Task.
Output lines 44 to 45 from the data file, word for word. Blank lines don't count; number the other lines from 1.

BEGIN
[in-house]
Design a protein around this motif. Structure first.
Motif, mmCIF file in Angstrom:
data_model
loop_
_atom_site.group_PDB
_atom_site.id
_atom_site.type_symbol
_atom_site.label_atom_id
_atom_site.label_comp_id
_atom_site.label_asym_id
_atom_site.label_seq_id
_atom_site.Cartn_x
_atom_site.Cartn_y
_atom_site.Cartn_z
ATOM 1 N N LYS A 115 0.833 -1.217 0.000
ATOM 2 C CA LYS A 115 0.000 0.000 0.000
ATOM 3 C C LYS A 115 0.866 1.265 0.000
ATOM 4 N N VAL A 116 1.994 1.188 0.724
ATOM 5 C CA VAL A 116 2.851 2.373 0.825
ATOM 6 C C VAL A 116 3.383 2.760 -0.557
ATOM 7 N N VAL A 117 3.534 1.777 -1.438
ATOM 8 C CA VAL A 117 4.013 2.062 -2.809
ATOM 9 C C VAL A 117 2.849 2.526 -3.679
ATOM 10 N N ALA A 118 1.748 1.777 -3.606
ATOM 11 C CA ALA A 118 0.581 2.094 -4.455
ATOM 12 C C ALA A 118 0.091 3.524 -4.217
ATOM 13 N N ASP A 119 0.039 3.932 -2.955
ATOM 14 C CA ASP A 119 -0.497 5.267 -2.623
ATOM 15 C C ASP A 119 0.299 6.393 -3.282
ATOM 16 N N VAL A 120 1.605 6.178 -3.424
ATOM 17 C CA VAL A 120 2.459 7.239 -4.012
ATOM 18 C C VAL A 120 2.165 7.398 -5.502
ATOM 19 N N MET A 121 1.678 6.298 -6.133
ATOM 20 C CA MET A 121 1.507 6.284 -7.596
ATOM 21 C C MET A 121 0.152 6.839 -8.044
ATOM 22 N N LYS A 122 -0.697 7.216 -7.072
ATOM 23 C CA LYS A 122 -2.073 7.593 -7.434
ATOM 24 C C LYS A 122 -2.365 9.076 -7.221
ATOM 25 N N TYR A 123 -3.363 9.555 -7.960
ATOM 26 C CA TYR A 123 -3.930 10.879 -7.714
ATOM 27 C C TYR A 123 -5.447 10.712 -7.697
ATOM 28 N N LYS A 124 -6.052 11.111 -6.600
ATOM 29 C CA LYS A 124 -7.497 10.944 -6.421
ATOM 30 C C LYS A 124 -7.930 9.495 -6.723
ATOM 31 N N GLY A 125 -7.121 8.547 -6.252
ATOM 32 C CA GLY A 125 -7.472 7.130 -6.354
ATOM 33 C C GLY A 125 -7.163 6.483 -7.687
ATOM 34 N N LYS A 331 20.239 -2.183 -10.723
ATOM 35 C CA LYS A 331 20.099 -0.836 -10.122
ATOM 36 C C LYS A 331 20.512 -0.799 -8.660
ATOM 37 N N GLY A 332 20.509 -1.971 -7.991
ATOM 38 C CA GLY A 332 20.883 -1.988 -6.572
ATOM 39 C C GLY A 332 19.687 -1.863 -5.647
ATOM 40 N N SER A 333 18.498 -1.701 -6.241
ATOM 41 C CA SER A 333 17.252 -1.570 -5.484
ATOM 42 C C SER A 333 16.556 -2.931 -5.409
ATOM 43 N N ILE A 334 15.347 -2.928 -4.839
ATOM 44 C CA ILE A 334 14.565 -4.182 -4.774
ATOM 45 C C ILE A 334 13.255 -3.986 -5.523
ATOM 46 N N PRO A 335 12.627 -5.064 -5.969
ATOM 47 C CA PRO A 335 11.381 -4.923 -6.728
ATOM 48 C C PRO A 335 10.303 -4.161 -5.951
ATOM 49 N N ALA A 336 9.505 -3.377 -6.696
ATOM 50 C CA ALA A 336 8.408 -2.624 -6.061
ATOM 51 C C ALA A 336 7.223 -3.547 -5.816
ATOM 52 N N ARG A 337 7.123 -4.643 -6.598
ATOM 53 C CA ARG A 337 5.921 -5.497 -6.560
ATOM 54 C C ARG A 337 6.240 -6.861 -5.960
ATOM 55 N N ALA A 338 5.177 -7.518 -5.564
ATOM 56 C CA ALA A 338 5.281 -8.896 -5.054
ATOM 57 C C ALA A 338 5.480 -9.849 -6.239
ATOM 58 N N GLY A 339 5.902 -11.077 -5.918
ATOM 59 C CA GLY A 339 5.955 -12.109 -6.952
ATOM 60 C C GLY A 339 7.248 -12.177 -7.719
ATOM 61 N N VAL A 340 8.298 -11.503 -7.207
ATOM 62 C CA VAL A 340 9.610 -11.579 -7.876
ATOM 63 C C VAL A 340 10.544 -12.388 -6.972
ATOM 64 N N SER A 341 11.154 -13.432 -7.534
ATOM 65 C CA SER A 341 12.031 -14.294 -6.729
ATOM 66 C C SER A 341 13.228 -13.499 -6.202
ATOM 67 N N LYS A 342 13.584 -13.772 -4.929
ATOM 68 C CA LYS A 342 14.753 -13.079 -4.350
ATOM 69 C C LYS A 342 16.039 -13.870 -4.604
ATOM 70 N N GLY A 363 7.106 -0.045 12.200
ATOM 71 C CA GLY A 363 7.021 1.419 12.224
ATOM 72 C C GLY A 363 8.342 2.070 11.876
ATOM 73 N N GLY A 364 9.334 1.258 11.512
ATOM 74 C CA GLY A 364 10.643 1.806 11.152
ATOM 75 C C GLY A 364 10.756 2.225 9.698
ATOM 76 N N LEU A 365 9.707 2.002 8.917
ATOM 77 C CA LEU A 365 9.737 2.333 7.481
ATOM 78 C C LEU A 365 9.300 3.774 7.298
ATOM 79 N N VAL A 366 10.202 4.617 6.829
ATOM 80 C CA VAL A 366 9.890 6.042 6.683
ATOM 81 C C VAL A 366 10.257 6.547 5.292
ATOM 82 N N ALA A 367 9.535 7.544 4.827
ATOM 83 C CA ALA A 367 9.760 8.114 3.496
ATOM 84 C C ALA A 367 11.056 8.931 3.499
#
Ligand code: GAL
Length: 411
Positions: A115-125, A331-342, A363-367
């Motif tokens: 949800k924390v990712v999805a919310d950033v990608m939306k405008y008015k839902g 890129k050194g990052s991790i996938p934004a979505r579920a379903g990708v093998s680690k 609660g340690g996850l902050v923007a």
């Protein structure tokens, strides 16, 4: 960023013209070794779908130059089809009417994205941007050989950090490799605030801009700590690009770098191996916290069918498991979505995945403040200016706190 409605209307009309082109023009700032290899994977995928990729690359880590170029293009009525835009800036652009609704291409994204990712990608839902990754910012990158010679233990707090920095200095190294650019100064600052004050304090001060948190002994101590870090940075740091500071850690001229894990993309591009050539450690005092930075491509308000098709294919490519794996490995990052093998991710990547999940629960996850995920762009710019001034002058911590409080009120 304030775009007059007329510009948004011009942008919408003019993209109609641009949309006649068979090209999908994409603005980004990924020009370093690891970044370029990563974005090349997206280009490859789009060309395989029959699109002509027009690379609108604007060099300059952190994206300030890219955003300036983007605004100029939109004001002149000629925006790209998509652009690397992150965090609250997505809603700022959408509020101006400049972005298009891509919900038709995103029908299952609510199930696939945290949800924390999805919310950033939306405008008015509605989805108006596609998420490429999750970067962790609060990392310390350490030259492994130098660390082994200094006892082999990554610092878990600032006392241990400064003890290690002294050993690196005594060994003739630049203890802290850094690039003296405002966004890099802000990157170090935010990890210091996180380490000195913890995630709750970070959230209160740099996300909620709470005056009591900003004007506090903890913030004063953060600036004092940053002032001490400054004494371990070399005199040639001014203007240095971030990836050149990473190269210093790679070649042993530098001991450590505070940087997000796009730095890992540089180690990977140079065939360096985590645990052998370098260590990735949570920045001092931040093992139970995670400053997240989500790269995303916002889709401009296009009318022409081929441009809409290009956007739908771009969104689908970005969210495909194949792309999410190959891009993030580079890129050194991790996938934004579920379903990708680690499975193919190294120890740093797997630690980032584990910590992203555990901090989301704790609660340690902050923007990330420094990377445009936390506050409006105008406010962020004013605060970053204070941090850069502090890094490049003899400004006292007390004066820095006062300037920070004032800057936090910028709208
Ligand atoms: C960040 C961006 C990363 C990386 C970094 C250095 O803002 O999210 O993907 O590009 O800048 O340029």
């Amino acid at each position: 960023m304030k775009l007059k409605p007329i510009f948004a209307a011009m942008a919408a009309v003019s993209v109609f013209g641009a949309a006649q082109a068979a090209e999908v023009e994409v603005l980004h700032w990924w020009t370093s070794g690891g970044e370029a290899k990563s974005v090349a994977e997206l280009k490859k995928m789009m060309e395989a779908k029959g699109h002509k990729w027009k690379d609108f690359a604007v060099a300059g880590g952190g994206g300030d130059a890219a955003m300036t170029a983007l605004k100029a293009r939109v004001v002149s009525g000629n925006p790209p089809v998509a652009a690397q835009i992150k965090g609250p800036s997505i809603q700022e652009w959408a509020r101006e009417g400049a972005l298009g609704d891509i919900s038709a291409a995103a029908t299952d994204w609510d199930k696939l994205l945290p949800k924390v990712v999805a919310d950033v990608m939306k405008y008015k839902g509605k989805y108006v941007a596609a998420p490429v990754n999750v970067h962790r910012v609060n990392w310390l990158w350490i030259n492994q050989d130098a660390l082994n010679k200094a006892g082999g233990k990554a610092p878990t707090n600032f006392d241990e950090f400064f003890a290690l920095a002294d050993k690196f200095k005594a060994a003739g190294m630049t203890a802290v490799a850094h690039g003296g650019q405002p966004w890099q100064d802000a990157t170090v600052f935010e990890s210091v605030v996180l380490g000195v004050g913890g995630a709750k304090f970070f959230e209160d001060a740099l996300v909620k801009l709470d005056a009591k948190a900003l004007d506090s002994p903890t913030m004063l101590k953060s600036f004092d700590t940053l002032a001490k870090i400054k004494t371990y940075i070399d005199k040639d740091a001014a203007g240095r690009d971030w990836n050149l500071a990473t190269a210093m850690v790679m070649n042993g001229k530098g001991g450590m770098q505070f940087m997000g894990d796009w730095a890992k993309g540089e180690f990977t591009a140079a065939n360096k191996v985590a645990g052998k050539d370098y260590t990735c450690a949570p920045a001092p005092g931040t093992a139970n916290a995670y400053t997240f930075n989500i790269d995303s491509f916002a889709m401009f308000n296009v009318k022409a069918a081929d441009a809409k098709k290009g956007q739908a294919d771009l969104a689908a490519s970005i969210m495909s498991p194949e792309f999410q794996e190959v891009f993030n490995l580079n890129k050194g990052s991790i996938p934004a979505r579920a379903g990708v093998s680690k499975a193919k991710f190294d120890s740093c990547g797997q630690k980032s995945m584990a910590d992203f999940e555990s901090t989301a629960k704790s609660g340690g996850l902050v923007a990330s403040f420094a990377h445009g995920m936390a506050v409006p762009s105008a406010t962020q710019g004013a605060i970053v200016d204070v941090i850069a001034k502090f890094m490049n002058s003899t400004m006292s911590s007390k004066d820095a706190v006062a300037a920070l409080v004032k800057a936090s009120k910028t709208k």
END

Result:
ATOM 29 C CA LYS A 124 -7.497 10.944 -6.421
ATOM 30 C C LYS A 124 -7.930 9.495 -6.723